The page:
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Venice Biennale
GB Pavillion , Venice
This year GB showed the work of Jeremy Deller - English magic. As with many of the works on view at the biennale, his work has a very political edge to it. Deller has subtly highlighted many of the core political issues of the past few years, such as how offshore tax havens and large corporations get around paying tax – legally.

You are greeted as you walk in to a large drawing of a rare hen harrier clutching a range rover, the work references two birds seen to be shot out of the sky on the Sandringham estate by a wildlife officer and two members of the public back in 2007, the only people shooting that day were Prince Harry and a friend of his, as the carcasses were never found no action was ever taken.

The exhibition also includes references to the UK engaging in the Iraq war and the apparent suicide of David Kelly at the outbreak of the Iraq war, possibly due to the pressure he was under to support the theory that Iraq had weapons of mass destruction, though none were ever found, interestingly the UK and Iraq pavilions were the only ones offering free tea to visitors during the press preview days.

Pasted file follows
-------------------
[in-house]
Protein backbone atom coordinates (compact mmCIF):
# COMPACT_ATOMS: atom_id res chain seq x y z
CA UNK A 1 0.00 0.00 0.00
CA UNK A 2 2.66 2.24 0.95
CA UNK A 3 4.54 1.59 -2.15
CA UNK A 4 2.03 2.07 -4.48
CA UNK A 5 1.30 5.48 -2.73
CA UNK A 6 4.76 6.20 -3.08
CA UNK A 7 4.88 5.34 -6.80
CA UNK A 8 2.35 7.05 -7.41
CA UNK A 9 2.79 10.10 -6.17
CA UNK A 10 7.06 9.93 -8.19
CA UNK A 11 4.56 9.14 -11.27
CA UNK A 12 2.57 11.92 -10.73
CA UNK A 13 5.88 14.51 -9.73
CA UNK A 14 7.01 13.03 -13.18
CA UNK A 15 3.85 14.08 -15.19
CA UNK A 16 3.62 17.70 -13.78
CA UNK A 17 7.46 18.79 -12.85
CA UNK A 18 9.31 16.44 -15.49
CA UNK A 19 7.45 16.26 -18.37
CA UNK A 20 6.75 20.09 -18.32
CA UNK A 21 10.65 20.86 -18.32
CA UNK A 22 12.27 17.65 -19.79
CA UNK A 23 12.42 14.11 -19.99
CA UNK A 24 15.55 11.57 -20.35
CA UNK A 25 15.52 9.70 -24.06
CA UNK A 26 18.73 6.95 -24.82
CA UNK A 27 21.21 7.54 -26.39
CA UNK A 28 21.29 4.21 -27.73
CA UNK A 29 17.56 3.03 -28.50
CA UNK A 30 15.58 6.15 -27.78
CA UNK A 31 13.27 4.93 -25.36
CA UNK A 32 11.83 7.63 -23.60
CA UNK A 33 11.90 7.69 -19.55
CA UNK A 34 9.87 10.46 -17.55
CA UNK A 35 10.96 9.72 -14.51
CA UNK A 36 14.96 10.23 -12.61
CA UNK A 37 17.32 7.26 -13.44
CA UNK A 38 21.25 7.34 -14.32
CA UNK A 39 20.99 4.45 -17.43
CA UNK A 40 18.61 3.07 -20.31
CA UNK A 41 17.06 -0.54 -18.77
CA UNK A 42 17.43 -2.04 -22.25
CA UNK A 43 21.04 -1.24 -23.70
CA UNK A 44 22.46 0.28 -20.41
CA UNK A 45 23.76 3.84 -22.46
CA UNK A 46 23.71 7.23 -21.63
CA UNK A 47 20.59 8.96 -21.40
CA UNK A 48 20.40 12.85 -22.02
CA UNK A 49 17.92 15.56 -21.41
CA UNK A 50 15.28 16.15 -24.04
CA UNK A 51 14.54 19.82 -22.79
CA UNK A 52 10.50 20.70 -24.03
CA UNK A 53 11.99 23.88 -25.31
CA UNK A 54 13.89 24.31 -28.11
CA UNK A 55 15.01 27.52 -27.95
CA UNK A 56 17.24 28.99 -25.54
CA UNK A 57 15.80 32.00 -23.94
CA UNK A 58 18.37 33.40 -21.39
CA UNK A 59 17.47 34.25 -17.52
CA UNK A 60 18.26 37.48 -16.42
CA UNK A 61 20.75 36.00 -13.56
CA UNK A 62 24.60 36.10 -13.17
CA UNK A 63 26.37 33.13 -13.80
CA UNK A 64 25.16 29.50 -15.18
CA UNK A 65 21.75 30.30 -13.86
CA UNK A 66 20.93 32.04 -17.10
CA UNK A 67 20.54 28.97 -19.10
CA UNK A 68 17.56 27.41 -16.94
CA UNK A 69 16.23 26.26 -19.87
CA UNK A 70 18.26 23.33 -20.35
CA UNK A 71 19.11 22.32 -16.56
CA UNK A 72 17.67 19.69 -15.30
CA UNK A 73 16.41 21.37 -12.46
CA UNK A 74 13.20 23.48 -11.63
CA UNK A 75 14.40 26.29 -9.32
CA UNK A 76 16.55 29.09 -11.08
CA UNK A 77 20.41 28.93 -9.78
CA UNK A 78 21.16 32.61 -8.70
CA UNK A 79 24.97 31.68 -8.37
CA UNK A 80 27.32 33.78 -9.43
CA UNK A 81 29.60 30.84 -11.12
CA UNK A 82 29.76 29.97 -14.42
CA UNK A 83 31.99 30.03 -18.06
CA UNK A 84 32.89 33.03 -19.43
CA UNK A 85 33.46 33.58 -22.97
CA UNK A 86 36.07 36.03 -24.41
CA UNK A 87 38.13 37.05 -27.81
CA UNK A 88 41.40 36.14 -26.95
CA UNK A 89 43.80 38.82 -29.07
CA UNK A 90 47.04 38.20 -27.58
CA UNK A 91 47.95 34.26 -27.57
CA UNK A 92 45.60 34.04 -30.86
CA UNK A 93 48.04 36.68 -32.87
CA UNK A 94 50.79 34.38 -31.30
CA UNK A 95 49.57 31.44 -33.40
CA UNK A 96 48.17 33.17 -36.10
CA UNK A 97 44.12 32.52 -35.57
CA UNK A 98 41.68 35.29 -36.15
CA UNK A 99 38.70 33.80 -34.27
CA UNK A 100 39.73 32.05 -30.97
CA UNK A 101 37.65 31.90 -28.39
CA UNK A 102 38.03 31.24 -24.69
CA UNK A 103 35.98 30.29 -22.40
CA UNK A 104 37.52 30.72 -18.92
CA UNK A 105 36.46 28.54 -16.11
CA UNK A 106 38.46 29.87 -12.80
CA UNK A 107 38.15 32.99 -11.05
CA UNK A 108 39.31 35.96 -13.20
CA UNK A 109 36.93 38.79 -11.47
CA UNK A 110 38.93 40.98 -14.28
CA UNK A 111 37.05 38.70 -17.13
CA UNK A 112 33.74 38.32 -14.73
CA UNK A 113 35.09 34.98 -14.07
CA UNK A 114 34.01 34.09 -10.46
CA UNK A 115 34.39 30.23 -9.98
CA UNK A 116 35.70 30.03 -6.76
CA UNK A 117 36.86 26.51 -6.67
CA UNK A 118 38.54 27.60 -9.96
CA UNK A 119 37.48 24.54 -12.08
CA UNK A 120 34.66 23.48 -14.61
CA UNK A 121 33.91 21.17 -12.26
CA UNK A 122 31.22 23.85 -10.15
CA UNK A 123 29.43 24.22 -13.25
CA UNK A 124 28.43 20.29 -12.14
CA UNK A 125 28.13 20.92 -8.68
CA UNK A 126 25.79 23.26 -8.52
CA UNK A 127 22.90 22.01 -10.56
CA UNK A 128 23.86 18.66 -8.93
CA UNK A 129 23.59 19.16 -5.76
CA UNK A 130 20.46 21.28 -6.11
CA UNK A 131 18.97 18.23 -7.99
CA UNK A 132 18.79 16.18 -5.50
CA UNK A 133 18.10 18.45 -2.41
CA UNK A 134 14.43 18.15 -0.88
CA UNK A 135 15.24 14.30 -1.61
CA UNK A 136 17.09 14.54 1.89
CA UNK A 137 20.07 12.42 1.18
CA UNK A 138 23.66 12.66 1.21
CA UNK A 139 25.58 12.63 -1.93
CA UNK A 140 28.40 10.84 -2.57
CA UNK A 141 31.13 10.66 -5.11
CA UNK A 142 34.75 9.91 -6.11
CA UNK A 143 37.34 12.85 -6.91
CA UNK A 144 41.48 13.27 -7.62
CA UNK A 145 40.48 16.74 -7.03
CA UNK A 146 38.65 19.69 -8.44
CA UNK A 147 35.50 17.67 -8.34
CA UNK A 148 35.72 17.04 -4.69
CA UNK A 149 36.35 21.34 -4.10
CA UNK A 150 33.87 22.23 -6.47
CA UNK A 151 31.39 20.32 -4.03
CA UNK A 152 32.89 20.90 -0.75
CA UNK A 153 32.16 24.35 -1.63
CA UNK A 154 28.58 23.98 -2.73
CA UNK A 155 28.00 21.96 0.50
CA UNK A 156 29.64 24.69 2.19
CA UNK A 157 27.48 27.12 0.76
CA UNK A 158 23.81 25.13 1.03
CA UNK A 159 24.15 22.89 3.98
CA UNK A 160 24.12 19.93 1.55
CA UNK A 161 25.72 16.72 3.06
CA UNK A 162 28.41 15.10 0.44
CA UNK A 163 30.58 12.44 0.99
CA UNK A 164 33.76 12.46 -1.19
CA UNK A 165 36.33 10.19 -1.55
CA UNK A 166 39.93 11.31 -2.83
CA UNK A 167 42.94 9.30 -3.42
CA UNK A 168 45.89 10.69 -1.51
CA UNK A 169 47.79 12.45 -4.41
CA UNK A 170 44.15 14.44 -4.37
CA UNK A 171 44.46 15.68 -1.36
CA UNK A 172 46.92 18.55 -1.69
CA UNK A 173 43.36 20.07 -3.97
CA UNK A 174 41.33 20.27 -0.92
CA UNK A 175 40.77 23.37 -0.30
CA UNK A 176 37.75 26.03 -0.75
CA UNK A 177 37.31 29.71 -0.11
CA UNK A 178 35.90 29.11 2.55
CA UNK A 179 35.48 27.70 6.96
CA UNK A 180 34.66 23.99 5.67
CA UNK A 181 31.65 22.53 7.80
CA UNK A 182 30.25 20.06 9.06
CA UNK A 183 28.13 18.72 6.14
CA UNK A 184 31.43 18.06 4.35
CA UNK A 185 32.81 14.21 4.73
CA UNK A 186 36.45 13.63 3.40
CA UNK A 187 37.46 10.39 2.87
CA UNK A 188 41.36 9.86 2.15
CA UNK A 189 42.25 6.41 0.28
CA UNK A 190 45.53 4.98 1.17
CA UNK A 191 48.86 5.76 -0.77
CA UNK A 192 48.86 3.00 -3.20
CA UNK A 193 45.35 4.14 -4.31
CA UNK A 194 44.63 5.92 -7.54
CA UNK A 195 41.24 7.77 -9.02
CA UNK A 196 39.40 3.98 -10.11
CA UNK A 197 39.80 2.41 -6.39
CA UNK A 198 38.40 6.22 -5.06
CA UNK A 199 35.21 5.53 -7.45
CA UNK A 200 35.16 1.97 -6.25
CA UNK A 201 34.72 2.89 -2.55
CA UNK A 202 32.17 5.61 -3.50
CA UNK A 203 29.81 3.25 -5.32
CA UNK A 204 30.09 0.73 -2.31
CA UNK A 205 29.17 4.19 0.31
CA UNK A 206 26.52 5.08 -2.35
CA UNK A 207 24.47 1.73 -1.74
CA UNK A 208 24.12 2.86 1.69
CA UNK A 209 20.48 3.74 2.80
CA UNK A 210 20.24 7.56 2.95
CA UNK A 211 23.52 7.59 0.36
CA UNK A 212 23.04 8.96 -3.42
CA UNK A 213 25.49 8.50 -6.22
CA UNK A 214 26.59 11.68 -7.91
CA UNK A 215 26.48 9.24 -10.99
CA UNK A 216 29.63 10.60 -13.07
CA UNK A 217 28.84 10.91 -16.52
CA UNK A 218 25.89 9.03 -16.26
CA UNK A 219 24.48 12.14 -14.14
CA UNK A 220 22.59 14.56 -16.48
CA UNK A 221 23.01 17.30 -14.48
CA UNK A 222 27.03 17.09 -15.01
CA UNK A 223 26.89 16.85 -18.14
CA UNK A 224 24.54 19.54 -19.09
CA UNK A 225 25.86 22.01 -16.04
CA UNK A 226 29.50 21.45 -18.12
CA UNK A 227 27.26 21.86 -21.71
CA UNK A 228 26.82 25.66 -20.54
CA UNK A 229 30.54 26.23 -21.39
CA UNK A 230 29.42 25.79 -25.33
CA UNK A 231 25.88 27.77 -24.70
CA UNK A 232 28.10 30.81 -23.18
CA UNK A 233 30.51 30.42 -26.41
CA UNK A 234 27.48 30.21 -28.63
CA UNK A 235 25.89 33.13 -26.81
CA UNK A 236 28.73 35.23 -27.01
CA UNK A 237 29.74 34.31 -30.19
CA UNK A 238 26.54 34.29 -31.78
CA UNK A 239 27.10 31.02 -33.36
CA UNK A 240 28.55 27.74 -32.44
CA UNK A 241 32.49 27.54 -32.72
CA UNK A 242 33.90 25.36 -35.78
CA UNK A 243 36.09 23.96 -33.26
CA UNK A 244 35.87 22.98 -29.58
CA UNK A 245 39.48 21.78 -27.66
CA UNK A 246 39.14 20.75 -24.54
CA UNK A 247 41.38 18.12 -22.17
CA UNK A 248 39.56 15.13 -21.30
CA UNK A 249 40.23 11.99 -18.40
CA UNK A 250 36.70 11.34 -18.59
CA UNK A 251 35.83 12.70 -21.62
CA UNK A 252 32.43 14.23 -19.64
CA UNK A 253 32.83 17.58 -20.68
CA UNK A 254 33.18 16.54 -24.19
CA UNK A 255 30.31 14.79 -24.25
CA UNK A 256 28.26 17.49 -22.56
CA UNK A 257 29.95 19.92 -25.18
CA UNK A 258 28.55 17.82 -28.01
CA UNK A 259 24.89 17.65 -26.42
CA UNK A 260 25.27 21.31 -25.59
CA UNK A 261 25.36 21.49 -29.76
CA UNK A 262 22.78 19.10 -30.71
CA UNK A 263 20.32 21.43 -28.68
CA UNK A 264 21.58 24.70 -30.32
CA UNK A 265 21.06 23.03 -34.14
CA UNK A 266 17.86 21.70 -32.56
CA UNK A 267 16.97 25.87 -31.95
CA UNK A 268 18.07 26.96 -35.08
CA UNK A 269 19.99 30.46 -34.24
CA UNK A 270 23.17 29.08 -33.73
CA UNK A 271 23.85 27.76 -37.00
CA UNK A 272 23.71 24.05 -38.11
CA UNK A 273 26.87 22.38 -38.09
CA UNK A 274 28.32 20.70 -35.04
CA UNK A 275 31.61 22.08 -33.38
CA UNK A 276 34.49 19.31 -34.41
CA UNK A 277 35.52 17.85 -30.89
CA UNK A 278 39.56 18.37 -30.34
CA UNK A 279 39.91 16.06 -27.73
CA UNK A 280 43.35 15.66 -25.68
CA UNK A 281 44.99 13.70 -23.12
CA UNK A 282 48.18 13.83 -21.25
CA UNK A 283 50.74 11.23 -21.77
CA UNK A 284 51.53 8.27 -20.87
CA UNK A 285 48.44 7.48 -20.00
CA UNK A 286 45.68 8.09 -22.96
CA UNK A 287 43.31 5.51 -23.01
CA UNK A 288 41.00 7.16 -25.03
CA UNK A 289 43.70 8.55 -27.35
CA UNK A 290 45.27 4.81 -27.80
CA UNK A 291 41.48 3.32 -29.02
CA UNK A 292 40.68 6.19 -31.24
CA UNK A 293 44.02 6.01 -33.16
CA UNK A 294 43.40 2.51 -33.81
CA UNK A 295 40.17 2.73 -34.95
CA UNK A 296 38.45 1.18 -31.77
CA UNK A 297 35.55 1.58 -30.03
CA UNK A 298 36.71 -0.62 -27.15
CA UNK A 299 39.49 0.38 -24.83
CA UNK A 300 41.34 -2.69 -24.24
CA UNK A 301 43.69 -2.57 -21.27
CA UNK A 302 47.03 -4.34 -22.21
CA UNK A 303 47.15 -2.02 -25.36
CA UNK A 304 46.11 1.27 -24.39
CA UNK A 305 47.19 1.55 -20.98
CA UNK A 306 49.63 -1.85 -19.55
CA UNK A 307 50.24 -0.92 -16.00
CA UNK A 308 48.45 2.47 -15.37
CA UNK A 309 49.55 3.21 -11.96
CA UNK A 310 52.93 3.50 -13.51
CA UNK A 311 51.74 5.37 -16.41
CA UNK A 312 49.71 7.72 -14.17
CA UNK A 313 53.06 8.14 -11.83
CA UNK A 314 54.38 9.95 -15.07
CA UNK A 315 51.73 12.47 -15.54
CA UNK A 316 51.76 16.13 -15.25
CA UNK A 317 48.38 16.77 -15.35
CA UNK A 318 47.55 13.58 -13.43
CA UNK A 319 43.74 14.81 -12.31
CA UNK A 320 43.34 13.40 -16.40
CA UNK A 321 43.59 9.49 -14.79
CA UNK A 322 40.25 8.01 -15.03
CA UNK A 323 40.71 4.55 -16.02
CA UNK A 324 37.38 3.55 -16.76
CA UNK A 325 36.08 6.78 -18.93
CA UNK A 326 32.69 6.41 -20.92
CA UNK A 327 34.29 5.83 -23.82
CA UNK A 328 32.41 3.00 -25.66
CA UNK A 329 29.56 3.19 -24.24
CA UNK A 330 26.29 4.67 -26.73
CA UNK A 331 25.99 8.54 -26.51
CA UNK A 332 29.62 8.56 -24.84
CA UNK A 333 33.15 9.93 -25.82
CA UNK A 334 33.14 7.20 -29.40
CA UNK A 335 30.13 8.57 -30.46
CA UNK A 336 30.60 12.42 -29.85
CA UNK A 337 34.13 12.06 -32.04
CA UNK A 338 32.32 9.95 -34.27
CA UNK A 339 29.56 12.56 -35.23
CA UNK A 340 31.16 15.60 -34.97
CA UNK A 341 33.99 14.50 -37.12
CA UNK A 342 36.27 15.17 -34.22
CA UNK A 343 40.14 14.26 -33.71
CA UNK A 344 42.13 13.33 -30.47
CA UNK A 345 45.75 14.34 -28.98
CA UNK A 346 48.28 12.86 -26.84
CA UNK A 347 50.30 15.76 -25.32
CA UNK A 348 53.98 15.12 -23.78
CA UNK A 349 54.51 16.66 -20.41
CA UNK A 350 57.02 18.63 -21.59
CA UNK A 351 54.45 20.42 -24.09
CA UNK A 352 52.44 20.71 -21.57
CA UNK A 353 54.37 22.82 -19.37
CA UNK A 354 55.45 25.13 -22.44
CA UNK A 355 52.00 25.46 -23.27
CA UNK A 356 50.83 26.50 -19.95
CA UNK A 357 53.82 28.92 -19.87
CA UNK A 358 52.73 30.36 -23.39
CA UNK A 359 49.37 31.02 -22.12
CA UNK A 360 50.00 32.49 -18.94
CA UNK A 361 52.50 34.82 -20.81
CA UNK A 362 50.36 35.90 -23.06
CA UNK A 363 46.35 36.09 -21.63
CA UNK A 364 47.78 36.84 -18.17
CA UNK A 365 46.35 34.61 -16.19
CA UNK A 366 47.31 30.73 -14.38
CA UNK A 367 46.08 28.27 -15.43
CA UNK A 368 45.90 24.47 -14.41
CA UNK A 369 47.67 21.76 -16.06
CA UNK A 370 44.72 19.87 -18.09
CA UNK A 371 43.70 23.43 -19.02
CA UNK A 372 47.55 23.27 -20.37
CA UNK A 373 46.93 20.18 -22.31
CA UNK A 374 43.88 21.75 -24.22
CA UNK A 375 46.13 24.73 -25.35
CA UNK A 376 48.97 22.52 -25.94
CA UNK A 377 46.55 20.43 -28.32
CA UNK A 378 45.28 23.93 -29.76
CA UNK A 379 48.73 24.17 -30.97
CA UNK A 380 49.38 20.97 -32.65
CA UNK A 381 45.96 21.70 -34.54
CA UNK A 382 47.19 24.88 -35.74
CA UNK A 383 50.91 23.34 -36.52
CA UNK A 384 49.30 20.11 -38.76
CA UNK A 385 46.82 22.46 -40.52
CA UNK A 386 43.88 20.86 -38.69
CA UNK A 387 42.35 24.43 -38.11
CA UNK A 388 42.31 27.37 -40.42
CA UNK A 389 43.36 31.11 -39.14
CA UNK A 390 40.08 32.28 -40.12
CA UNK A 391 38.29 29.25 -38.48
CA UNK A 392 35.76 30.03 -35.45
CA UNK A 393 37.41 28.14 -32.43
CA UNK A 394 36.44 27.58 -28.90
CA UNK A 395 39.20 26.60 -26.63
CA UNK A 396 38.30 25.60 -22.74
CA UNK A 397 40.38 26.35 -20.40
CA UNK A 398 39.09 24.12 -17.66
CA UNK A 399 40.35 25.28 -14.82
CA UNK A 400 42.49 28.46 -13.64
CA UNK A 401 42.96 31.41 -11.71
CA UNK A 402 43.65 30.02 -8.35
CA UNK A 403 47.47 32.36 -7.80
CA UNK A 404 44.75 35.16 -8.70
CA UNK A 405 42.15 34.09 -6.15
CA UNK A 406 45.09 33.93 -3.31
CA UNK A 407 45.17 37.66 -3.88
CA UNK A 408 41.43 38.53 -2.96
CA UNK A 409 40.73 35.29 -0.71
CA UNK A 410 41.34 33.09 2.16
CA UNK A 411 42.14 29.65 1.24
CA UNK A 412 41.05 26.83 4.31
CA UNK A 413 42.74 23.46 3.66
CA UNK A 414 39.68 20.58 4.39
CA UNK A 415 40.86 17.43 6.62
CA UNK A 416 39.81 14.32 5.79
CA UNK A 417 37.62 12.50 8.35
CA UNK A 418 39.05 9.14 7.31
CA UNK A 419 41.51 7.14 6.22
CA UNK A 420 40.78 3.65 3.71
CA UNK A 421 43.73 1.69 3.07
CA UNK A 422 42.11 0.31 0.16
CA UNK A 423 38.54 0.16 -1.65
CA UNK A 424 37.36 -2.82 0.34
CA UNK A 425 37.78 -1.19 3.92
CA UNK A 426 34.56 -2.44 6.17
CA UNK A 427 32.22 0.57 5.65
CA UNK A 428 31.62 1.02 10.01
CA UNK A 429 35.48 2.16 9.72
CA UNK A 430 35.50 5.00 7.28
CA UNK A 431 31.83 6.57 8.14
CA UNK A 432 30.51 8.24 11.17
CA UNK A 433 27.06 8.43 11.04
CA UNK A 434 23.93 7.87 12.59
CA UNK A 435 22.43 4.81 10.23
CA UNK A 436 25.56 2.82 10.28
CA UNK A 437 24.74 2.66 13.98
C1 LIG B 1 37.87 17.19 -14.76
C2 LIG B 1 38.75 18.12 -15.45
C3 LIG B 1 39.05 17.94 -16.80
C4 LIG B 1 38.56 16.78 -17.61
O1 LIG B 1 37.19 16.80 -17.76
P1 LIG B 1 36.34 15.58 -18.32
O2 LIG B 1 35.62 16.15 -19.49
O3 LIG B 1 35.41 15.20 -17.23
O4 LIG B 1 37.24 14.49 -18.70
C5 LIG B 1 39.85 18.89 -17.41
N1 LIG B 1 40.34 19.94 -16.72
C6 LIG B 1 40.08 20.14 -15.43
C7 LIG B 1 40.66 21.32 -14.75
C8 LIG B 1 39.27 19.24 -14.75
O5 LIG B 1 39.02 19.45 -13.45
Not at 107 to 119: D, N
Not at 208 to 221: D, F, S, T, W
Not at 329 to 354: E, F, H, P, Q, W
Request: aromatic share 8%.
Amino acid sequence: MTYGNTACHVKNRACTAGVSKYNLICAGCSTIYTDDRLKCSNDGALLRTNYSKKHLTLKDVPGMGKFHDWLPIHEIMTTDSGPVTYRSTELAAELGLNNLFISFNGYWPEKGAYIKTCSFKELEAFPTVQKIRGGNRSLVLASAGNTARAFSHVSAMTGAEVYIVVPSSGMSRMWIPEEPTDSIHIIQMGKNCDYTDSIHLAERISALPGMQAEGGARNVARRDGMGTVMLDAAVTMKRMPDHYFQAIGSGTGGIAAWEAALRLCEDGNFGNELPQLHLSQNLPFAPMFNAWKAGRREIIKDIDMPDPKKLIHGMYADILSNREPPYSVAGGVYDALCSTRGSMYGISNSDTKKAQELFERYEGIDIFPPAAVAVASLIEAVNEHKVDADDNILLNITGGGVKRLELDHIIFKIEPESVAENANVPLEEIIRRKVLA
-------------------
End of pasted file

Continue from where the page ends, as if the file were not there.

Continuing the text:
A series of photograps from the David Bowie classic Ziggy Stardust tour in 1972 are in room 6, this coincided with the year 26 civilians were shot (14 died) during a civil rights march in Londonderry, it was also the start of the IRA bombing campaign as well as an economic depression. The photograph show images from many campaigns of the day.

Deller has highlighted the low points of British culture over the past 40 or 50 years, here in Venice at this temple of high culture at least some artists are making a strong point about it.

Whilst in Venice for the last Biennale in 2011, Roman Abramovich super yacht parked along side the Giardini blocking the iconic view of venice, the yachts security fence took up much of the public walkway forcing pedestrians and visitors to the bienalle around it in small ques. A giant drawing of William Morris the victorian designer and socialist picking up the yacht and throwing into the lagoon was commissioned into the wall of the gallery.

Deller also works in the future, a work about the offshore tax centre of Jersey highlights a financial instrument called the jersey cashbox, in Dellers jersey the island is mobbed by angry british taxpayers angry about it’s status as a tax haven.

The exhibition will tour the UK visiting the Bristol Museum and art gallery, William Morris gallery, London Borough of Waltham Forest and Margate.

Jeremy Deller’s Britich Council commission is at La Biennale di Venezia until 24th November, for more information see www.britishcouncil.org/visualarts

Paul Wynter